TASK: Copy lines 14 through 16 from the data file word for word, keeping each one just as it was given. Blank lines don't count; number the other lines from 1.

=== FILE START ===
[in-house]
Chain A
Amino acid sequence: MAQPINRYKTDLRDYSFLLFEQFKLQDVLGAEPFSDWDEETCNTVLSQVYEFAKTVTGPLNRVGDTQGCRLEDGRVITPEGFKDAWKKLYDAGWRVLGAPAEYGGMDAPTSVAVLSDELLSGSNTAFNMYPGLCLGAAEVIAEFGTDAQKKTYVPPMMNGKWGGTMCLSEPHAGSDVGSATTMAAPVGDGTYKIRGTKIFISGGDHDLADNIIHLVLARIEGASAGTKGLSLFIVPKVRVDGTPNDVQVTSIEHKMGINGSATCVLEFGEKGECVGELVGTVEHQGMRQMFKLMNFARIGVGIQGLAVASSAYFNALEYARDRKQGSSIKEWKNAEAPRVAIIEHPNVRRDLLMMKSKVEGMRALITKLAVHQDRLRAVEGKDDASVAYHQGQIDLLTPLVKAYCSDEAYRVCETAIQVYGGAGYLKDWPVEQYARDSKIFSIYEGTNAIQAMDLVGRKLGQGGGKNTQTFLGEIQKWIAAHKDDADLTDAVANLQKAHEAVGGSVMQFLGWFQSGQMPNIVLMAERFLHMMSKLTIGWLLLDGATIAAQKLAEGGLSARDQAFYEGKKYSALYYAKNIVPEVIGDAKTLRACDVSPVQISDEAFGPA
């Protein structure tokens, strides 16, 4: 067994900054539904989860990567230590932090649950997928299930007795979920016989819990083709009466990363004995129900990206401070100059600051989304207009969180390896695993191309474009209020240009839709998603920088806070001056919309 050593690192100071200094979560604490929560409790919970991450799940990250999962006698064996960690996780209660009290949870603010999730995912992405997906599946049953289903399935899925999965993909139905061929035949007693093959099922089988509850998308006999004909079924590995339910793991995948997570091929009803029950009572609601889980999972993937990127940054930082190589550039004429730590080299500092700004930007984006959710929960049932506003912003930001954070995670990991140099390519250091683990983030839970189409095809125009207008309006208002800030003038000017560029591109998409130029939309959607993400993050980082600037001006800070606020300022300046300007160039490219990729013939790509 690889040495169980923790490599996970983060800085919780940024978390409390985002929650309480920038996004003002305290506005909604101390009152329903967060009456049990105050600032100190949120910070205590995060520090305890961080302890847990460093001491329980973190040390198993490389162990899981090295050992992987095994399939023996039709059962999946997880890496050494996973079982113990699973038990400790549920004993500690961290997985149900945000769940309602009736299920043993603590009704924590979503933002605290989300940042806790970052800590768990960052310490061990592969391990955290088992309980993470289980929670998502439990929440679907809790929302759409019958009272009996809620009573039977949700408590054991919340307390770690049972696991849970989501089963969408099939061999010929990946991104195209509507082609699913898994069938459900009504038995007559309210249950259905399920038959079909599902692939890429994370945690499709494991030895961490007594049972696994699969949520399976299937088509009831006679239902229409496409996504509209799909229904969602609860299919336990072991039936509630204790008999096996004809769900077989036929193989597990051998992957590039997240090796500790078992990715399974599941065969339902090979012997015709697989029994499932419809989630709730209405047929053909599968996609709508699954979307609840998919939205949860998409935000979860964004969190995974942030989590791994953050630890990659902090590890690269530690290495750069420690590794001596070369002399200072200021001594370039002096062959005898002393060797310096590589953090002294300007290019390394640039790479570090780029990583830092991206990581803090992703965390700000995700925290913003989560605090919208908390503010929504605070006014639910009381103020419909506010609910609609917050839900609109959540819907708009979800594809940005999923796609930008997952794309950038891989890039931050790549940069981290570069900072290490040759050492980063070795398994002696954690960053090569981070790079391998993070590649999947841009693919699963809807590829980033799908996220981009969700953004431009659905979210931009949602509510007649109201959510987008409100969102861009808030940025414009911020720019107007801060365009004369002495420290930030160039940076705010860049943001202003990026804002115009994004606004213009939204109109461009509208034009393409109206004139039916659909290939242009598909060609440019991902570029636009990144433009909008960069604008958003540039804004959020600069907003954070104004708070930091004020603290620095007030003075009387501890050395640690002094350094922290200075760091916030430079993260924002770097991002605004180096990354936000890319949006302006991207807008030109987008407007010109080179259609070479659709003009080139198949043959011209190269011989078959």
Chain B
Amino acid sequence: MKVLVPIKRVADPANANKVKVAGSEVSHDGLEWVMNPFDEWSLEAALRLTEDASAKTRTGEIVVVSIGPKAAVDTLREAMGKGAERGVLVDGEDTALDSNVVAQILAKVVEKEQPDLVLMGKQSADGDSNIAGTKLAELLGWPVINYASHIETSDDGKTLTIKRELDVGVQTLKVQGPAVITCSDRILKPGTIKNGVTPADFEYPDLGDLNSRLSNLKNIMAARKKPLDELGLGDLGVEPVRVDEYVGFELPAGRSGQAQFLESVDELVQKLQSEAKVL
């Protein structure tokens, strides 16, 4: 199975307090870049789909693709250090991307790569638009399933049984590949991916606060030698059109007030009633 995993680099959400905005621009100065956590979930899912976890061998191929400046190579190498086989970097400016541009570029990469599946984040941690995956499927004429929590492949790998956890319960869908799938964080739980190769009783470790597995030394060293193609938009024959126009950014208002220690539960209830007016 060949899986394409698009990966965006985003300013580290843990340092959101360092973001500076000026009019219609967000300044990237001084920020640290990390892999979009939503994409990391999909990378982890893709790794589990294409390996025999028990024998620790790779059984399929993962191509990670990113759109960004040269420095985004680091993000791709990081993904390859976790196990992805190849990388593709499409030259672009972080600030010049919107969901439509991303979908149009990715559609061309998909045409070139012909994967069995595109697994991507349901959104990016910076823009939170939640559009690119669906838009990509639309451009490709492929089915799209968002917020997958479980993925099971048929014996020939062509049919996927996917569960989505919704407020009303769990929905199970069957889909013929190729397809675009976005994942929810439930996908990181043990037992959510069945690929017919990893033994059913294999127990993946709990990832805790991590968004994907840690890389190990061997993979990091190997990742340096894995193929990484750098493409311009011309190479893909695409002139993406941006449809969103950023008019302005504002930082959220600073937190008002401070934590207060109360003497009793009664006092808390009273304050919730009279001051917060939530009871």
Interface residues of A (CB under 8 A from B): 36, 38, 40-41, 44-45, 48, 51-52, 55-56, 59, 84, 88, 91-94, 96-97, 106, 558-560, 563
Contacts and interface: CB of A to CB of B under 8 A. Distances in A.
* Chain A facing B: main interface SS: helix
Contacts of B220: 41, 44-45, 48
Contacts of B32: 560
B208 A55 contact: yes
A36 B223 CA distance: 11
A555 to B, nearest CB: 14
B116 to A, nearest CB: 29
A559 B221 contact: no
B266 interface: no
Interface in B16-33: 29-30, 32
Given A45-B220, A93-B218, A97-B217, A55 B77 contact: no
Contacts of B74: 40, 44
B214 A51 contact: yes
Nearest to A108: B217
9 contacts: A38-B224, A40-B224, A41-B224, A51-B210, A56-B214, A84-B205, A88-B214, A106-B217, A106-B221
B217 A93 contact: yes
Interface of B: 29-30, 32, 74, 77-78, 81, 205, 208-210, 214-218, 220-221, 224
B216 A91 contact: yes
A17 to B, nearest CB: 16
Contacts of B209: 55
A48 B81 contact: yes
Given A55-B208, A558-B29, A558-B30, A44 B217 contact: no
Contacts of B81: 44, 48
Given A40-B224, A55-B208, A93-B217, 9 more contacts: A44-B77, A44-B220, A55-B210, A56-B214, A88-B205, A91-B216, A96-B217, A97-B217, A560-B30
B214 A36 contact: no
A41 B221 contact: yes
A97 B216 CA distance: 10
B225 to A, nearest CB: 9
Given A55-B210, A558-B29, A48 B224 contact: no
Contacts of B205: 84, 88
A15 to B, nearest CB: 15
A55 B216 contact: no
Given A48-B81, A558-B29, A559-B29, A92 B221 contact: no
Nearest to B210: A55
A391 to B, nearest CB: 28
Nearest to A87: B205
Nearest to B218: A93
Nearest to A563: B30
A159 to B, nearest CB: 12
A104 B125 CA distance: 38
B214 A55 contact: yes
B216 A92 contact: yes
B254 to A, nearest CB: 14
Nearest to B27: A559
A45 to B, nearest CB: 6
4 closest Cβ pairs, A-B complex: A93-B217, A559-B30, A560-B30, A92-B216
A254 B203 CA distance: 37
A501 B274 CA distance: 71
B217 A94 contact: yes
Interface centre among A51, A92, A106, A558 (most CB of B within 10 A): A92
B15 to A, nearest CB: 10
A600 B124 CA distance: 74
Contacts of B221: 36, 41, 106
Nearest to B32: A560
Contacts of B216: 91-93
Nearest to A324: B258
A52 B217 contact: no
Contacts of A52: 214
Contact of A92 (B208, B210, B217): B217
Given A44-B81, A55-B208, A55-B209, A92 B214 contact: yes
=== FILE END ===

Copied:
A36 B223 CA distance: 11
A555 to B, nearest CB: 14
B116 to A, nearest CB: 29